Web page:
“. . . according to the Yoga Sutra (3.1), the term [Bandha] refers to the ‘binding’ of consciousness to a particular object or locus (desha), which is the very essence of concentration.”
Georg Feuerstein



Friday, December 19, 2014

Connect Your Feet to Your Shoulders in Side Forearm Plank Pose

We recently covered the some key poses to strengthen your core, along with biomechanical cues to refine your work in Forearm Plank pose and Bird Dog pose. Side Forearm Plank is another awesome pose to strengthen your core while protecting your wrists. You do this one by placing your forearm on the mat and attempting to drag it towards your feet, while engaging the core muscles on your sides to stabilize the lumbar pelvic complex. Keep your supporting arm (the humerus bone) straight up and down (at a right angle to the floor). This way the passive strength of the bone aids to support your body weight. Click here for more on this concept in Vasisthasana.

Figure 1: Side Forearm Plank Preparatory Pose

Begin by stabilizing the shoulders. Do this by attempting to externally rotate your forearm on the mat. At the same time, attempt to internally rotate your forearm on the mat as well. It’s a bit like a windshield wiper that’s fixed in place. This cue “co-activates” the infraspinatus and teres minor (external rotation) and the subscapularis (internal rotation) muscles of your rotator cuff. Feel how this stabilizes your shoulder. Folks that are new to this pose can use the preparatory version to work with this cue. Figure 1 shows the prep pose and Figure 2 illustrates the action of the forearms.

Figure 2: This illustrates the cue for co-activating the external and internal shoulder rotators (the infraspinatus, teres minor and subscapularis of the rotator cuff).

Next, press the edge of your lower side foot into the mat and gently draw it upwards toward the shin to “evert” your foot. These cues activate a series of muscles—including the “lateral subsystem”--to connect your shoulders and legs to your core. Figure 3 shows the cue for attempting to drag the forearm and the feet towards each other (while engaging the side abs).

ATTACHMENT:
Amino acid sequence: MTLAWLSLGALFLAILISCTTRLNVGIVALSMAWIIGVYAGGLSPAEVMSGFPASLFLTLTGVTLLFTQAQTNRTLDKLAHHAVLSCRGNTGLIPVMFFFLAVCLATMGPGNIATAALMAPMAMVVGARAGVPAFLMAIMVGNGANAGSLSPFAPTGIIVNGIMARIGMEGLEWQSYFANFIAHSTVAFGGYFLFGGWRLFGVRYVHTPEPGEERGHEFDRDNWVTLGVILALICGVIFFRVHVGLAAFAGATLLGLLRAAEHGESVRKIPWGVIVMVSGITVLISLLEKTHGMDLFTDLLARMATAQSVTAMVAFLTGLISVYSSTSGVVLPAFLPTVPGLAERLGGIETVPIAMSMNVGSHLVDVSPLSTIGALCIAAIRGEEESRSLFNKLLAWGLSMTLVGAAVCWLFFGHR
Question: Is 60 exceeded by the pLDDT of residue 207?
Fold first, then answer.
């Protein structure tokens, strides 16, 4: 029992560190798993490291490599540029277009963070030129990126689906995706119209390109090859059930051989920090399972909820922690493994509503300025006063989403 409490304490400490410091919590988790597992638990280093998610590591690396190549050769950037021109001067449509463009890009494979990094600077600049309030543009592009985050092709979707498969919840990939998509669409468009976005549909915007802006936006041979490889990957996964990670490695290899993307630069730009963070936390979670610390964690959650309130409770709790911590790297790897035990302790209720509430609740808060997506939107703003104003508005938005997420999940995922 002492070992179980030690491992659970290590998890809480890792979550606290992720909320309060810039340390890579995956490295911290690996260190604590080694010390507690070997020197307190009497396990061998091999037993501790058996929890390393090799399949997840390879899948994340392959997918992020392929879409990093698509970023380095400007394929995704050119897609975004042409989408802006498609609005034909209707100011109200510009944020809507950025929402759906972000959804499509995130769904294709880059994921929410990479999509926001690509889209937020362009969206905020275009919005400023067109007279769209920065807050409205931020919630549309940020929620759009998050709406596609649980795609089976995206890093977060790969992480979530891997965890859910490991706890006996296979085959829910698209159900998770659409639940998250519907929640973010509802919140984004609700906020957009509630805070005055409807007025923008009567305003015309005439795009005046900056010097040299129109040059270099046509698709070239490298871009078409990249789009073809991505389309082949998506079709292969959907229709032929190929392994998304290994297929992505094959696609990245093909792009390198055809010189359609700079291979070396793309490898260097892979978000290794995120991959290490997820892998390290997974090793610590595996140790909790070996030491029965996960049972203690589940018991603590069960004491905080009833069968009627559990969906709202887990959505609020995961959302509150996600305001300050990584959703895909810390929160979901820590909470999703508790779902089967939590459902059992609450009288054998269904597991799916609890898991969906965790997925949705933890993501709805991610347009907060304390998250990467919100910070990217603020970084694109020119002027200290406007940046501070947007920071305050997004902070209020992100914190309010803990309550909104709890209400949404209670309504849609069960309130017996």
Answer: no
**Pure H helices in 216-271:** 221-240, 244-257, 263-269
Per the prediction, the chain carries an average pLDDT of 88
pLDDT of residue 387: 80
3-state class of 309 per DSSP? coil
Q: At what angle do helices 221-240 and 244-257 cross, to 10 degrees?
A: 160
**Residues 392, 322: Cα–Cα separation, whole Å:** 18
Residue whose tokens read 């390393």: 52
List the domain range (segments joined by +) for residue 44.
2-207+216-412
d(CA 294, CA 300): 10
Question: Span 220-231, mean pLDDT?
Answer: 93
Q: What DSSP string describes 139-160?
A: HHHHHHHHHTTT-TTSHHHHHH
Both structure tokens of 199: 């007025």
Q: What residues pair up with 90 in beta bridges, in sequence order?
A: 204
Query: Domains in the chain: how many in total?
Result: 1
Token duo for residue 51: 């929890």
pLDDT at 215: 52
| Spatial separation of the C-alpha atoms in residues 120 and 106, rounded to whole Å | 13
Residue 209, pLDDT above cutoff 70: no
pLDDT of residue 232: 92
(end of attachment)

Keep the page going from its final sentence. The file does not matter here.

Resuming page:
Now let’s check out the myofascial connections in side forearm plank. When you press the side of your foot into the mat, you activate the peroneus muscles as well as the abductor muscles up at your hip (the TFL and gluteus medius). These muscles have a fascial connection to your abs, specifically the external oblique (which attaches to the rim of the pelvis). The external oblique connects to your shoulders via the serratus anterior muscle. The serratus anterior is a scapular stabilizer that works in concert with the rotator cuff. So the whole operation helps to integrate your feet, legs, pelvis and lumbar--all the way up to the shoulders.

Figure 3: This illustrates the cue of everting the lower foot and dragging the elbow towards it. It also shows the deep longitudinal subsystem.

So let’s talk about the deep longitudinal subsystem…

Your deep longitudinal subsystem is made up of the peroneus longus muscle (on the outside of your lower leg), the biceps femoris of your hamstrings and your sacrotuberous ligament (up in the pelvis), the thoracolumbar fascia and the erector spinae muscles (in your back). The biceps femoris creates a link between the lower extremities and the trunk via the sacrotuberous ligament. This ligament helps to transmit force across your sacrum, and, via the thoracolumbar fascia on up the trunk to your deep back muscles. Check Figure 3 for a color coded illustration of this connection. Click here to see this connection in the lower legs in Reverse Pigeon Pose.

This subsystem is part of the global movement system and is thought to be important in force transmission between your trunk and the ground—as in walking. We’ll have more posts on the other subsystems and how to work with them in yoga soon. Click here to see how the abductor muscles of the hip work in your poses. Click here to learn more about the thoracolumbar fascia and its importance in yoga.

Figure 4 shows the myofascial connection between the external oblique muscle (of the abs) and the serratus anterior of the shoulder girdle.


Figure 4: This illustrates the myofascial connection between the external oblique muscle of the abdomen and the serratus anterior of the shoulder girdle.

Thanks for checking in! Click here to browse through our books by clicking the links on the right. These books have lots of practical cues with key info on anatomic sequencing to integrate into your practice!


Namaste’


Ray Long, MD

Friday, June 6, 2014

The Gluteus Medius Muscle in Yoga

Thanks to everyone for your input on Facebook for the “Muscle of the Week”, the gluteus medius. In this blog post we go over the essential anatomy of this muscle and illustrate its action in several yoga poses.